Highlights from a new Lending Initiative in Oklahoma
Dr. Brian Whitacre and his doctoral student, Jacob Manlove, recently undertook a small pilot project to extend hotspot lending to Oklahoma rural libraries. Utilizing Oklahoma Cooperative Extension Service funds, Brian and Jacob recruited four libraries in rural Oklahoma to initiate programs modeled after the Kansas State Library Rural Hotspot lending program.
The communities range in population from 1,900 to 7,500, and three have poverty levels well above the state average of 16.7%. Each community has a significant portion of the population who lack home broadband, and each library has a strong base of local support. The sites were chosen for two primary reasons: (1) a high proportion of people who remain unconnected, and (2) the libraries were in the service area of the Mobile Beacon network provider (Sprint). Devices were purchased through PCs for People, who partner with Mobile Beacon to provide low-cost Internet service to low-income families and non-profits. Working through. Working through PCs for People allowed the hotspots – with a full year of unlimited data – to be purchased at a significantly reduced price ($75 / device + $10 / month for data). The entire program (16 devices + one year of unlimited data for each) was funded for approximately $3,000.
The hotspot programs were easy to package (most used old audio book cases) and incorporate into library catalogues. Librarians generally refer to these devices as a low stress item for circulation because they’re incredibly user-friendly. Each library was allowed to set their own policy regarding the devices: three loaned them out for one week at a time, one chose to do a two-week loan period. The policies ultimately chosen varied somewhat; but in general patrons had to be in good standing with the library, sign a loan agreement explaining they understood the costs of replacing the device if lost or stolen, and pay a late fee of between $1 -$2 a day. Marketing was done via a combination of in-library signage, social media / email, and newspaper articles / community meetings.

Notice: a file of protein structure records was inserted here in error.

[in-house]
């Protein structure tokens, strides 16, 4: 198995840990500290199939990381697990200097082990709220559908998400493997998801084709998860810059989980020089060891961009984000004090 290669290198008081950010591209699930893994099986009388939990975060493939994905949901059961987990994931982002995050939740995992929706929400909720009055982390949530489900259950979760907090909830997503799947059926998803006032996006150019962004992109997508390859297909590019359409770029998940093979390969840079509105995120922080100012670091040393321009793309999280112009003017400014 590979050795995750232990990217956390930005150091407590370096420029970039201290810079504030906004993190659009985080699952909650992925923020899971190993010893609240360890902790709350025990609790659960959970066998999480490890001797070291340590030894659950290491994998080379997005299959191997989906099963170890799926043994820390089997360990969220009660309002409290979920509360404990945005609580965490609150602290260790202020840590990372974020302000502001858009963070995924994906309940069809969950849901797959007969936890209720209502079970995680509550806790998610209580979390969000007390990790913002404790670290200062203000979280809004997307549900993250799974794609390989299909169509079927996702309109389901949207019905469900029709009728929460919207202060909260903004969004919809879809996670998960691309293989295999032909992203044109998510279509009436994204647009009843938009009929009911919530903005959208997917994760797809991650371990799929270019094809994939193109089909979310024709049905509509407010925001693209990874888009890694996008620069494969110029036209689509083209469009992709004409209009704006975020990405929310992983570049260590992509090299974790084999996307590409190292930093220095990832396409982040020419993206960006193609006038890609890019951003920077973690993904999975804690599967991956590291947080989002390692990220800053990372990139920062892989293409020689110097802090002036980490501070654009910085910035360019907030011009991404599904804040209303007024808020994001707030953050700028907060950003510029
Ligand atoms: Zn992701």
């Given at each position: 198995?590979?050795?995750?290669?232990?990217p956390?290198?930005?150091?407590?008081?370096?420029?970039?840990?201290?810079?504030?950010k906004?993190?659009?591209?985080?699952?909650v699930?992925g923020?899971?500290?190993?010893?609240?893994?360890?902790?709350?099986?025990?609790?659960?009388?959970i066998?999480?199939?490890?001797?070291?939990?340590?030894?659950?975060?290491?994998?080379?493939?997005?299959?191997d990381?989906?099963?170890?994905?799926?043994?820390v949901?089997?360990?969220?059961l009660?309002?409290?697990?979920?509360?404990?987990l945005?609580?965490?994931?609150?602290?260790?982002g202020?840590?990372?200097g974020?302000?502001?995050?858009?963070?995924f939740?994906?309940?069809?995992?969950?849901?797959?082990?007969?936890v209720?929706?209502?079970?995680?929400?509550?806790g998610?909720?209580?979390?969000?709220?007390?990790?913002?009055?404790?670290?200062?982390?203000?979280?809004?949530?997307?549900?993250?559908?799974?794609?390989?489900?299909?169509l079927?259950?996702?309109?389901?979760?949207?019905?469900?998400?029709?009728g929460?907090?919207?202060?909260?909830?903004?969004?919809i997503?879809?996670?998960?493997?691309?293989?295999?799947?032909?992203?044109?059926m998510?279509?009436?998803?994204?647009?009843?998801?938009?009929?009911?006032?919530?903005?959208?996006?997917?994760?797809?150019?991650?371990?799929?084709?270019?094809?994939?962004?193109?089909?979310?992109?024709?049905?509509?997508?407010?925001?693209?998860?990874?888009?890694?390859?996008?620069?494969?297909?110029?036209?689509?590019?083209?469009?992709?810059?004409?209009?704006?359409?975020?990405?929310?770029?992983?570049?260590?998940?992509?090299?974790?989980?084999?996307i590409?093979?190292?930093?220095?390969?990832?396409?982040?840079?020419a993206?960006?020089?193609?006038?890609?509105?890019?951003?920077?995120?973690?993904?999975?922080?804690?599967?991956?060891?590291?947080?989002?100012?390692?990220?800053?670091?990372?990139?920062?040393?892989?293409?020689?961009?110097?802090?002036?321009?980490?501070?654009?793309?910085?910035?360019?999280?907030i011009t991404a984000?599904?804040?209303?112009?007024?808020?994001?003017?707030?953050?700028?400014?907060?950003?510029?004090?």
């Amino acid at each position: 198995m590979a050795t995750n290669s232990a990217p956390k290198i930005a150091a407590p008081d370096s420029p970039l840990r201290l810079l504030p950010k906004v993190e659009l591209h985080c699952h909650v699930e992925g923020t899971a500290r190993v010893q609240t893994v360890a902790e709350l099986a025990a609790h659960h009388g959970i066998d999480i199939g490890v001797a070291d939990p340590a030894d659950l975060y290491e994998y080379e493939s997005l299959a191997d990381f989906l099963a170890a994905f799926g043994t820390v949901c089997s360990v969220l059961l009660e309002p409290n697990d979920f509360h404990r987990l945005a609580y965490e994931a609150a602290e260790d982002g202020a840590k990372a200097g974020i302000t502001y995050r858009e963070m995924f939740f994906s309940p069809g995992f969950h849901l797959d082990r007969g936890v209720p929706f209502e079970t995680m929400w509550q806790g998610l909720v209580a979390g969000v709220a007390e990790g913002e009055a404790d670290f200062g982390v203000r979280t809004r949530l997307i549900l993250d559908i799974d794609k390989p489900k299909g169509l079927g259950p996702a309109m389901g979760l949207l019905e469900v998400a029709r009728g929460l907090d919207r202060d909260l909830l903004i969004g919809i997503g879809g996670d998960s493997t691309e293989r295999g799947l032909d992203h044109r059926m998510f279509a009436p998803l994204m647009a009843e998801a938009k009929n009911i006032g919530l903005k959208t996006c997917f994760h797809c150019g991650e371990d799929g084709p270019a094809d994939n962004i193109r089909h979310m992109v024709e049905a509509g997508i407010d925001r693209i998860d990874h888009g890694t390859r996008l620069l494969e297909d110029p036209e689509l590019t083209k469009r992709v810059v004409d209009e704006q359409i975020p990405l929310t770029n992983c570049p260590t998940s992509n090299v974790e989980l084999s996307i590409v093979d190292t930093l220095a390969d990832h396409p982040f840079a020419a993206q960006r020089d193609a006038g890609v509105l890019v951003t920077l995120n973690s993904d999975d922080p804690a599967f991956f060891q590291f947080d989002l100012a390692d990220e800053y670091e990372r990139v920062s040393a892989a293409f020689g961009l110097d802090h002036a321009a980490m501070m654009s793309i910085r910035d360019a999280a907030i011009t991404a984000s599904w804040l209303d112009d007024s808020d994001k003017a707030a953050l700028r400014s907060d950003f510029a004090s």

The program got up and running in June 2017 and has been a smashing success so far. Over 200 loans occurred between June and September 2017, with each library averaging around 12 loans per month. The wait list ranges from five people to 20 people, with many patrons getting put back on the wait list as soon as they turn the device in. The one-page surveys required from each user show that the devices are extremely popular, with over 90% ranking their satisfaction as either a “9” or “10” (out of a scale from one to ten). They also provide information about who is using the device (36% have incomes less than $25,000); how they are using them (63% use smartphones or tablets); and what they are using them for (60% use them for research and 52% for connecting with family and friends). Roughly a quarter (26%) indicate that their Internet skills have improved as a result of using the device. Perhaps most tellingly, two libraries have already found sponsors for the next year of funding once the pilot program expires in June 2018.
Brian and Jacob hope to grow the program next year by reaching out to four additional rural libraries across the state and offering the same trial period. They also hope to extend into areas beyond those served by the PCs for People network provider, and have been in discussion with local cellular providers about how such a program might work in conjunction with their network.
The success of the pilot project demonstrates that hotspot lending programs can be set up and hit the ground running with minimal cost and effort from library personnel. While “free” provision of the devices may be necessary for the initial phase, once the devices become available it seems that the community quickly understands their value and works with the library to maintain the service.